County considers demolish-and-develop plan for blighted parcels of south Cobb
by Sarah Westwood
June 11, 2014 04:00 AM | 5783 views | 13 13 comments | 32 32 recommendations | email to a friend | print
 A pedestrian walks by a boarded up and chained commercial property that has become an eyesore on Powder Springs Road, south of MacLand Road in Cobb County. <br> Staff/Kelly J. Huff
A pedestrian walks by a boarded up and chained commercial property that has become an eyesore on Powder Springs Road, south of MacLand Road in Cobb County.
Staff/Kelly J. Huff
Robert Wilson, 52, has lived in Mableton for 10 years and can’t find work.
Robert Wilson, 52, has lived in Mableton for 10 years and can’t find work.
County officials are weighing proposals to jump-start growth in aging south Cobb neighborhoods starting this fall.

“Our intent is to try to accelerate the redevelopment process, as opposed to just waiting for it to occur naturally,” said county Chairman Tim Lee, who noted the redevelopment process won’t be as effective if it continues at its current pace.

One major proposal on the table is a plan to purchase dilapidated properties in south Cobb, demolish them and sell the land in an effort toward revitalizing the area.

The practice is known as “land banking,” when parcels of vacant or abandoned properties are acquired by public or private entities to bring the property back to productive use, generating tax money.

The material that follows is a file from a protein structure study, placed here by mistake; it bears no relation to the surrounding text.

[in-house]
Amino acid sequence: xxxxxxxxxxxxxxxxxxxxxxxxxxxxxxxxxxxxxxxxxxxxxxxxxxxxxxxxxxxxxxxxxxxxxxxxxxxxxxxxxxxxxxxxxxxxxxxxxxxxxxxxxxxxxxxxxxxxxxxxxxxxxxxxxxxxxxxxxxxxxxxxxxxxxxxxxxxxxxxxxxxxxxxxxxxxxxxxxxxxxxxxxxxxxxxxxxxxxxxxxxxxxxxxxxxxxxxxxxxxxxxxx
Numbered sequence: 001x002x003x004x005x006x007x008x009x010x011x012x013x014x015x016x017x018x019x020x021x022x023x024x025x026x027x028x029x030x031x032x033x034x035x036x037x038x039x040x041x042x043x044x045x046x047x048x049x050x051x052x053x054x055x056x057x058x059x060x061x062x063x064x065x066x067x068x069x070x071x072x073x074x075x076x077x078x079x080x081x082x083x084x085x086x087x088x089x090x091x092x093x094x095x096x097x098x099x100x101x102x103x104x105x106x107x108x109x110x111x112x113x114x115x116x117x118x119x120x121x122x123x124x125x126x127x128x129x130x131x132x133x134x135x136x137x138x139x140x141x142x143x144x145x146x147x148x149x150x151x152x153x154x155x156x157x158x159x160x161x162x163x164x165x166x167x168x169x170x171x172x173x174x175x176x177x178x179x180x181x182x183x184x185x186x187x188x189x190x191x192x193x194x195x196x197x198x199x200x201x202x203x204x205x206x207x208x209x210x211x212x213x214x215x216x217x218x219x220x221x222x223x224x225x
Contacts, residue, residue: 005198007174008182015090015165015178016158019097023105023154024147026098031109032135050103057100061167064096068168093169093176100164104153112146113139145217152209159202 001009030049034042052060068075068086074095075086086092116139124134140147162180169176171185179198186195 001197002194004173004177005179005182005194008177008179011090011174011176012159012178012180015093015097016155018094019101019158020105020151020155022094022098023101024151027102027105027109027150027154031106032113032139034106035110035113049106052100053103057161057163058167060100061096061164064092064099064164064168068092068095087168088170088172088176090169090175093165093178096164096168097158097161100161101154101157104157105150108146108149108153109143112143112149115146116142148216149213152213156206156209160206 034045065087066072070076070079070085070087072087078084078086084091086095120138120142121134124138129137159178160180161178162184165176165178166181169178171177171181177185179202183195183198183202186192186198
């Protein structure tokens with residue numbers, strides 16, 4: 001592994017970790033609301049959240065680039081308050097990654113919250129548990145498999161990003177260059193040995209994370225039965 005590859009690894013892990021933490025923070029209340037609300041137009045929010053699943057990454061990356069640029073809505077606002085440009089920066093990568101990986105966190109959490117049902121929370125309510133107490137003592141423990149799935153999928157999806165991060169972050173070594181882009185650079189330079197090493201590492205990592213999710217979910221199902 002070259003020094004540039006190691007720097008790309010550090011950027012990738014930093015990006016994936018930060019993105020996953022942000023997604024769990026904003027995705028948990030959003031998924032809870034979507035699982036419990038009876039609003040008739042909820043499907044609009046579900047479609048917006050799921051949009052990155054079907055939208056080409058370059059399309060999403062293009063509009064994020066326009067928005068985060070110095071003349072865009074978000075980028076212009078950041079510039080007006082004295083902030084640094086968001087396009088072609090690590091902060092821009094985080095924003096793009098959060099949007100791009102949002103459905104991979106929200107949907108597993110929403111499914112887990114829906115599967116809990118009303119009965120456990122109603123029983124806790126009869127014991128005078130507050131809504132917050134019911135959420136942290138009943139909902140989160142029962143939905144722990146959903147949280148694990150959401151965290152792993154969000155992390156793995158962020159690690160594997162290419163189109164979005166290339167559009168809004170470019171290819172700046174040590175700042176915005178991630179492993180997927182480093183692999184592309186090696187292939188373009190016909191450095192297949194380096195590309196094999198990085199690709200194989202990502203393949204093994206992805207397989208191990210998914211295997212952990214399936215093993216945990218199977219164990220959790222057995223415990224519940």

South Cobb often lags behind the other three corners of the county in terms of safety, economic growth and education, officials say. In 2013, police and fire officers responded to 735 emergency calls along a single stretch of road in the region, said county spokesman Robert Quigley. That road — Six Flags Drive — hosts one apartment complex, known as a “priority redevelopment site” that alone drew 237 responses. He said the county could save $34,889 in public safety dollars every year if action was taken on the priority redevelopment site.

Lee said he considers land banking a potential panacea for south Cobb’s challenges.

“I think it’s a viable option for any area that has circumstances that make it a viable solution,” Lee said.

Dana Johnson, deputy director of the Cobb Community Development Agency, said the main priority of any such effort would be to rid the area of tax delinquent properties.